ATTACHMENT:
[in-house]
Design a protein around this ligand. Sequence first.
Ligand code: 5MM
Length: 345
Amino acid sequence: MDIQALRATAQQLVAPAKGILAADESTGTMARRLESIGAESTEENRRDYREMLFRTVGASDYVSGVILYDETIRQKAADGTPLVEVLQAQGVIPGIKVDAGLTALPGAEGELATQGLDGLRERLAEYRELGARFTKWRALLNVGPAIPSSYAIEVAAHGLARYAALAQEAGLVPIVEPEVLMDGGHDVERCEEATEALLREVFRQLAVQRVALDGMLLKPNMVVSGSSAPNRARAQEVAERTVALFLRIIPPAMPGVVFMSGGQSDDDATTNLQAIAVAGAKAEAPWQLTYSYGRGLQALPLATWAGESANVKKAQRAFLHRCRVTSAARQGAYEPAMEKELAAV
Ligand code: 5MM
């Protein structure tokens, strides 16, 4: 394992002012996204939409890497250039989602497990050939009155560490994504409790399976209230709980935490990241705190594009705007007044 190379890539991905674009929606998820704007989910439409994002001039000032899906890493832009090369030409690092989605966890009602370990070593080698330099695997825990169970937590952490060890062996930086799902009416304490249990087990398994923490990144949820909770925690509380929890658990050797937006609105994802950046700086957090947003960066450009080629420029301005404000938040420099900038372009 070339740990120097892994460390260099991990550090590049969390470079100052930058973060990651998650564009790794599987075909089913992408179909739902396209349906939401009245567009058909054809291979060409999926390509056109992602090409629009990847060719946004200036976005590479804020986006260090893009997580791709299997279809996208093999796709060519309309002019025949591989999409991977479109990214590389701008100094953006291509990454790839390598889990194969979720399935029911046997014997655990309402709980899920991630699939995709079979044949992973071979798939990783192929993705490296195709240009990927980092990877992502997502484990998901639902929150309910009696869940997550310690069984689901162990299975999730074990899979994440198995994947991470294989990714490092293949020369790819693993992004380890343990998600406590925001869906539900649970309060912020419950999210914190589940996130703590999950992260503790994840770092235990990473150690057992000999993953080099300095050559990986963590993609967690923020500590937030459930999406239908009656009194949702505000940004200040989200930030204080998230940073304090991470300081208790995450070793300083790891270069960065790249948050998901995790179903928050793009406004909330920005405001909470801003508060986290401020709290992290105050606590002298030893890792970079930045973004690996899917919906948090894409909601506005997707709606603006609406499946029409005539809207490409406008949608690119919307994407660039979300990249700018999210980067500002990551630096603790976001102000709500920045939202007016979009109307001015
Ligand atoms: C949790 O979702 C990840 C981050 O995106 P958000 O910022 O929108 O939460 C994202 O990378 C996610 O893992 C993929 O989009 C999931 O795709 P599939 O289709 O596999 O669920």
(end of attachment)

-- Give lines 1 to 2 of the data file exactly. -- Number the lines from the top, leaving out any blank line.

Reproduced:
[in-house]
Design a protein around this ligand. Sequence first.